Is Madison Cawthorn the future of the Republican Party? The 25-year-old from western North Carolina may win his U.S. House race in a right-leaning district to become the youngest member of Congress. He also says he wants to take the party in a new direction. However, what he offered in a recent Daily Wire op-ed was underwhelming.
Surely, many in the GOP consider him a rising star despite many controversies, legitimate or otherwise. He spoke at this year’s Republican National Convention, indicating that the party likes what they see: young, muscular, good looking, and a member of a protected class. The latter is worth mentioning because the RNC typically thought of as an old white party, had Nikki Haley, an Indian woman, Dan Crenshaw, a veteran who lost an eye in combat, and Tim Scott, a black man, speak as well.
Outside of aesthetics, does Cawthorn bring anything new to the party? I don’t think so. In his piece, Cawthorn starts by saying that the GOP is old and that he hopes to attract some younger voters. He also makes a strong point about an issue with the party. “For the past two decades, however, the Republican Party has marginalized principled reformers in its own ranks and let itself be branded as the ‘party of no,’” he wrote. “On things such as health care, the environment, and other key issues, our leadership has aggressively attacked ideas from the Left but has failed to force consensus around the best ideas from the Right. It wasn’t always that way. And if we want to be a credible party in the future that can win national elections, that trend cannot continue.”
That’s correct. The top issue on voters’ minds in the 2018 midterm election was healthcare, and Republicans didn’t have a serious alternative to Obamacare, so they suffered losses and now risk losing an election to a Joe Biden-led Democratic Party that will raise premiums and deductibles in the private market by putting more people on Medicare-like plans with lousy reimbursement rates, leaving the average person to not only pay with taxes but with higher insurance costs too. The same goes for the environment. Biden says he doesn’t want a Green New Deal and spent much of the Democratic primary railing against the progressive wing of his party, but even his plan risks killing many good-paying jobs since he may or may not end fracking.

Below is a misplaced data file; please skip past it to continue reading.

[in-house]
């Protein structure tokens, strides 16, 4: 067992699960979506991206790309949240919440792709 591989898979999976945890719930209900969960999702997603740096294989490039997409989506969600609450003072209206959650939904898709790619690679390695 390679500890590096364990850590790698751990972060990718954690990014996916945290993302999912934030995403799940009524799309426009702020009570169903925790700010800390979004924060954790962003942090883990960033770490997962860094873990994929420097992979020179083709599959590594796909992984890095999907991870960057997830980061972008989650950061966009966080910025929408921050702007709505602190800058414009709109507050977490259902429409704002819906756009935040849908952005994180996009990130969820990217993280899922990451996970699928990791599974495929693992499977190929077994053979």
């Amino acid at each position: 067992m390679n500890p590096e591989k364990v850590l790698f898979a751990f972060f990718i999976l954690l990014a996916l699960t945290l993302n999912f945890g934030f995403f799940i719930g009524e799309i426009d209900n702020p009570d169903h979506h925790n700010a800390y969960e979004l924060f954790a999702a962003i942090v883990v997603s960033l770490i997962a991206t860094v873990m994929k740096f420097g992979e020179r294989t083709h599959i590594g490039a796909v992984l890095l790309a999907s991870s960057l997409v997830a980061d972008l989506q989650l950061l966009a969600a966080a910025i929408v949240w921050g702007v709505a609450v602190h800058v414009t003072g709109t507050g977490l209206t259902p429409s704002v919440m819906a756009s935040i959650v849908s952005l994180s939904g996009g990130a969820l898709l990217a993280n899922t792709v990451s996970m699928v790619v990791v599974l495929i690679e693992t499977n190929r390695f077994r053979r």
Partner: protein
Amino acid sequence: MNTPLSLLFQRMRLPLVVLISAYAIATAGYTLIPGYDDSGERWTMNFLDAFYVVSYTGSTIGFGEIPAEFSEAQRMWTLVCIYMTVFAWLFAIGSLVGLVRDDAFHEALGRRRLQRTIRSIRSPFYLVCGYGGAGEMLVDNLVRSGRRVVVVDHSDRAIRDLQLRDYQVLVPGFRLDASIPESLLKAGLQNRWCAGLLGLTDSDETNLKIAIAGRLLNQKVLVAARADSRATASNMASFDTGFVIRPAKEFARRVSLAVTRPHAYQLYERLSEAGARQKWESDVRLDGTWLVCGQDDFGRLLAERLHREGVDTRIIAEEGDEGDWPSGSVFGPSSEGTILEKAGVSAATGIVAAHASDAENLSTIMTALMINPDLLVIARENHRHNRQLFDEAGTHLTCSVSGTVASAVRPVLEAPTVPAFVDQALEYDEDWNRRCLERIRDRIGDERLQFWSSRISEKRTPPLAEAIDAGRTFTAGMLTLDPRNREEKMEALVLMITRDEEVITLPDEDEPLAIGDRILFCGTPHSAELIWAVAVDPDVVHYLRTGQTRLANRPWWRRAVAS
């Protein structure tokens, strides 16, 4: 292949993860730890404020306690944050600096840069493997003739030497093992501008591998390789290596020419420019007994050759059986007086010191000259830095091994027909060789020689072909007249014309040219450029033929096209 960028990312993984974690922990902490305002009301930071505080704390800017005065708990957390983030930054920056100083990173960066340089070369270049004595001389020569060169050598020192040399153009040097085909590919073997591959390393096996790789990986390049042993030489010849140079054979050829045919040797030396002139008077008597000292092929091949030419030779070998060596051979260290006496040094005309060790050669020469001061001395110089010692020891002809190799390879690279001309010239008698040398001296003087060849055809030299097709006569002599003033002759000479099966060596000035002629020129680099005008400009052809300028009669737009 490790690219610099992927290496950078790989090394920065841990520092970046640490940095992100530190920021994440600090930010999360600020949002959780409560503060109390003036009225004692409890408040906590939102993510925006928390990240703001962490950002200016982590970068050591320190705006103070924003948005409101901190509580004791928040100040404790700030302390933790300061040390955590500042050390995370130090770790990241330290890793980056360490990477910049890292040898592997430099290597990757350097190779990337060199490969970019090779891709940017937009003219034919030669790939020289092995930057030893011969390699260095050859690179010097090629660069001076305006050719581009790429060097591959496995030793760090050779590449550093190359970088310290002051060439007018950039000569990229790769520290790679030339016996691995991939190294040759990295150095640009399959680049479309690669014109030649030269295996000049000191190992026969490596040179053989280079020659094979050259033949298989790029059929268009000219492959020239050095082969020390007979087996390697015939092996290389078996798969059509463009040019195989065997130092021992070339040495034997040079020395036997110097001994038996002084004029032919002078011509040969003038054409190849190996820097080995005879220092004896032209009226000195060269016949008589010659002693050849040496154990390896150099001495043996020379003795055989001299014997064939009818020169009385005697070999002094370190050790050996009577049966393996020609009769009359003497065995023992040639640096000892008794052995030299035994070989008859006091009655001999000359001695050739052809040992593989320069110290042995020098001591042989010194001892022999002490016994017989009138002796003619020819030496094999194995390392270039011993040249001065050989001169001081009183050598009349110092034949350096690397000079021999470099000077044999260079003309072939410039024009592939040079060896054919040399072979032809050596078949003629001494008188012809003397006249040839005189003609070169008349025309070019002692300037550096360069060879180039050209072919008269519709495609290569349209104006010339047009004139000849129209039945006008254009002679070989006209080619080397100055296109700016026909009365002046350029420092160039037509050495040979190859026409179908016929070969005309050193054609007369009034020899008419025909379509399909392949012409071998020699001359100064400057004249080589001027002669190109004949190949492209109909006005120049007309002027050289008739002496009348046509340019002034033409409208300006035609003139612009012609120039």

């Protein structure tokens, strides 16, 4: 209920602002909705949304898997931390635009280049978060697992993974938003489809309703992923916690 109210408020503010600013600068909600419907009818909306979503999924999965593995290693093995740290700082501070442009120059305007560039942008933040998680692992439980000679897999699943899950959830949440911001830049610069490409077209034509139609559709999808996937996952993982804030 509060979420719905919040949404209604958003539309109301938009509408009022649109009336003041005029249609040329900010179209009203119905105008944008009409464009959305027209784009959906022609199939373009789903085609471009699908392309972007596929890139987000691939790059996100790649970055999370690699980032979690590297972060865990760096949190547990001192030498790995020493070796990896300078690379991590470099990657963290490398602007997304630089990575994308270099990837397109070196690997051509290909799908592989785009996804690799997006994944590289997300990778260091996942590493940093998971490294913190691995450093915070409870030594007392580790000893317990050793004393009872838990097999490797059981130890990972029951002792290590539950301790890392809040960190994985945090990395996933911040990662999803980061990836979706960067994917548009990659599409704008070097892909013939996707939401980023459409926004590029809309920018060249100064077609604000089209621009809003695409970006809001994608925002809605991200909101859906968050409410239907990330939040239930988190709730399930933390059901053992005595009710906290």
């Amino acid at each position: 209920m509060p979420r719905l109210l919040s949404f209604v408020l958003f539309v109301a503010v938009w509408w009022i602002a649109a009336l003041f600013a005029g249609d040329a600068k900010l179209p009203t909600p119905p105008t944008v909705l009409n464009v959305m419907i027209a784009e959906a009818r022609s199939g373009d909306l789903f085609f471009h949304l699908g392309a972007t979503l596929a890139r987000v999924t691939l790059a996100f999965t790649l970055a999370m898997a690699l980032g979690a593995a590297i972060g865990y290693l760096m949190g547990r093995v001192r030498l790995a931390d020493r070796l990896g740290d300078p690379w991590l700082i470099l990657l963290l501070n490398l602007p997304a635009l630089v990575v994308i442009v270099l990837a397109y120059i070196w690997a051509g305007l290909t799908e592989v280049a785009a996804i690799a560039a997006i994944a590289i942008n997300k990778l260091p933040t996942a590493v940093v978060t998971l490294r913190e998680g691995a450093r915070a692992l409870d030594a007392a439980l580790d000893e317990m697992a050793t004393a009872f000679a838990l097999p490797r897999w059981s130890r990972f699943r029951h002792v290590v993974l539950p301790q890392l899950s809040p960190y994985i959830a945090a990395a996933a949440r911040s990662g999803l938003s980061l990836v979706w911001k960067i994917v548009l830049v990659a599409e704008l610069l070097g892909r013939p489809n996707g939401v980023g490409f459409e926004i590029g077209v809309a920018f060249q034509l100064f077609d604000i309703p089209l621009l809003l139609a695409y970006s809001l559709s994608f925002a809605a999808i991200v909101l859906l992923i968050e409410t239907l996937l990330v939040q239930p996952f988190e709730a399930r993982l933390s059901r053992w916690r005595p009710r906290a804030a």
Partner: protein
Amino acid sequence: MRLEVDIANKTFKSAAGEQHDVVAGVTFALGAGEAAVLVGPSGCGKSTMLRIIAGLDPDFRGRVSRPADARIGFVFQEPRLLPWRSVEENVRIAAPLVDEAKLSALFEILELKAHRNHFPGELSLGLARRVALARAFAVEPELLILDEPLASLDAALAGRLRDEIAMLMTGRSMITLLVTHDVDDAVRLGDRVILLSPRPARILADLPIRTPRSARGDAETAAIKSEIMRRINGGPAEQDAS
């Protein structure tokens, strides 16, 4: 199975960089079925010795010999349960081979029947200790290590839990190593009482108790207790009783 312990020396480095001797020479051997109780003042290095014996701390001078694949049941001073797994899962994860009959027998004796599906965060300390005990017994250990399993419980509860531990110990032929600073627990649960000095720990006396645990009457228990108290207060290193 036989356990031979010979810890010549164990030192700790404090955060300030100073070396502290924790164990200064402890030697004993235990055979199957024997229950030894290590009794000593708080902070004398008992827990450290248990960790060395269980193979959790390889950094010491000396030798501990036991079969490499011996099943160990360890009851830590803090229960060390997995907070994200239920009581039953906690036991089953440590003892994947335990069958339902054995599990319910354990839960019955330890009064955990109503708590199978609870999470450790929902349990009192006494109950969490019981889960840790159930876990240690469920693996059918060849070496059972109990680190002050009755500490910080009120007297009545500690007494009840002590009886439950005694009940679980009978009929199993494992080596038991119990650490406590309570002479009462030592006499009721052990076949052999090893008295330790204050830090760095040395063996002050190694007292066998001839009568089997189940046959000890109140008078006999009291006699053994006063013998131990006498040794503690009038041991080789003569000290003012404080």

However, that’s the last time in the piece that Cawthorn mentions healthcare and he has previously said he supports a free-market healthcare system and that real free-market healthcare has never been tried. That’s a good idea to drive down the cost of basic expenses, especially since cash tends to be cheaper than insurance, but catastrophic medical problems are an example of market failure. If you have a heart attack, you can’t shop around for the best rate. And if your kid gets hurt playing in a high school football game and the school calls an ambulance, you’re screwed.
On the environment, Cawthorn compliments Teddy Roosevelt, Ronald Reagan, and George H.W. Bush. Again, he doesn’t set a goal, say which policies he supports that reduce emissions, or explain how you get such bills through when the GOP has climate skeptics in their coalition. Does he want to cut fossil fuel subsidies, kill the ethanol mandate, invest a certain amount of federal money into carbon capture, enact a revenue-neutral carbon tax, establish a Jones Act waiver to transport LNG domestically, restrict immigration/better enforce immigration law, enact permanent daylight savings time, or something else? No clue. His campaign website says he supports an “all of the above” approach where the government doesn’t decide. It’s great if right-of-center candidates care about the environment, but the minority of voters who pay attention might want to know what the plan looks like.
Cawthorn rattles on, mentioning cancel culture, Antifa, America defeating fascism and Nazism, living in a nation of immigrants, landing a man on the moon, Congress being ineffective, without going in much depth.
The piece doesn't address the forever wars in the Middle East, specifics of immigration and visa policies, the student loan debt problem, or the country's declining birth rate. I’m not a fan of his opponent, Moe Davis, but Davis deserves credit for saying something that few others in politics would: that Israel should not receive foreign military aid from the United States. Davis worded it well in late-2018 when he said, "Thanks to US taxpayers, the Israeli gov’t gets the equivalent of $436 per person and it provides them healthcare and abortions. After nearly 70 years of taking US handouts, how much longer before Israelis lift themselves up by their bootstraps and get off the US taxpayer’s teat?"
If Cawthorn was rebelling against the mainstream of his party, he could come up with some great ideas. However, it’s more likely that he’d be another establishment hack.